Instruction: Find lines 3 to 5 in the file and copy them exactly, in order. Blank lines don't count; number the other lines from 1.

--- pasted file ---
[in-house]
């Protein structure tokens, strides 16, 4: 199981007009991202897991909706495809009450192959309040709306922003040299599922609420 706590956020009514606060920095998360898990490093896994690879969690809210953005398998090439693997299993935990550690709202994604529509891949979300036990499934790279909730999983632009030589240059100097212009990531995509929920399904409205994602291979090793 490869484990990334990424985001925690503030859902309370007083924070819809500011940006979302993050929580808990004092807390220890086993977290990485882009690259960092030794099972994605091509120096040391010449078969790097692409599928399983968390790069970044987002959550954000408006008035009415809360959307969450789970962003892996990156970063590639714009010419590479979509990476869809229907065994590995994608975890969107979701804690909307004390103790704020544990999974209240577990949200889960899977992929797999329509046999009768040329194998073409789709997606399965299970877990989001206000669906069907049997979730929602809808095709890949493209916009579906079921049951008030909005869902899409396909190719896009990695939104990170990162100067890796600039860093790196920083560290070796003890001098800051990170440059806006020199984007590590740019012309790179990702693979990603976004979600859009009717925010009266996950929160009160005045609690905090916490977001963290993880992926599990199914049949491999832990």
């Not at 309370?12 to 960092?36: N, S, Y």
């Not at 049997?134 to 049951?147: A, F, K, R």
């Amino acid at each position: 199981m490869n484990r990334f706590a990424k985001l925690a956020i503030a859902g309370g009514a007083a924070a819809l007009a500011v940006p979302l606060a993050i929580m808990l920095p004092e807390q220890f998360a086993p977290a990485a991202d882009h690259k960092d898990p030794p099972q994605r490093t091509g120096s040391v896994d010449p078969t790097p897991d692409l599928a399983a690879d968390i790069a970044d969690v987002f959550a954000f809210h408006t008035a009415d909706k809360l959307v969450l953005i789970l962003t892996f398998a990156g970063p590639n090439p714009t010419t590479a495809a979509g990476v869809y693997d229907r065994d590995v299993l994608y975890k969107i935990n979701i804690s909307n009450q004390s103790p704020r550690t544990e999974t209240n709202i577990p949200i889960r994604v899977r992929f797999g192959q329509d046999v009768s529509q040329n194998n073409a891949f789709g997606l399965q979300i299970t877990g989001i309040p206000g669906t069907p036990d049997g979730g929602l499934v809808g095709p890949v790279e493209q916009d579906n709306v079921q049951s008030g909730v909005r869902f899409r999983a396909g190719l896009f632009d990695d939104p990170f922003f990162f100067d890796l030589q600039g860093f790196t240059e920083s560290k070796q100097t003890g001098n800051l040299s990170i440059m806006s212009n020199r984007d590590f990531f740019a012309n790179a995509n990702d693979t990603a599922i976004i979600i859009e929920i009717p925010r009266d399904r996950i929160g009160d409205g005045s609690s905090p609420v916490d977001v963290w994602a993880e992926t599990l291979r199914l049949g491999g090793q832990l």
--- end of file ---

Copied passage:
């Not at 309370?12 to 960092?36: N, S, Y």
């Not at 049997?134 to 049951?147: A, F, K, R």
């Amino acid at each position: 199981m490869n484990r990334f706590a990424k985001l925690a956020i503030a859902g309370g009514a007083a924070a819809l007009a500011v940006p979302l606060a993050i929580m808990l920095p004092e807390q220890f998360a086993p977290a990485a991202d882009h690259k960092d898990p030794p099972q994605r490093t091509g120096s040391v896994d010449p078969t790097p897991d692409l599928a399983a690879d968390i790069a970044d969690v987002f959550a954000f809210h408006t008035a009415d909706k809360l959307v969450l953005i789970l962003t892996f398998a990156g970063p590639n090439p714009t010419t590479a495809a979509g990476v869809y693997d229907r065994d590995v299993l994608y975890k969107i935990n979701i804690s909307n009450q004390s103790p704020r550690t544990e999974t209240n709202i577990p949200i889960r994604v899977r992929f797999g192959q329509d046999v009768s529509q040329n194998n073409a891949f789709g997606l399965q979300i299970t877990g989001i309040p206000g669906t069907p036990d049997g979730g929602l499934v809808g095709p890949v790279e493209q916009d579906n709306v079921q049951s008030g909730v909005r869902f899409r999983a396909g190719l896009f632009d990695d939104p990170f922003f990162f100067d890796l030589q600039g860093f790196t240059e920083s560290k070796q100097t003890g001098n800051l040299s990170i440059m806006s212009n020199r984007d590590f990531f740019a012309n790179a995509n990702d693979t990603a599922i976004i979600i859009e929920i009717p925010r009266d399904r996950i929160g009160d409205g005045s609690s905090p609420v916490d977001v963290w994602a993880e992926t599990l291979r199914l049949g491999g090793q832990l």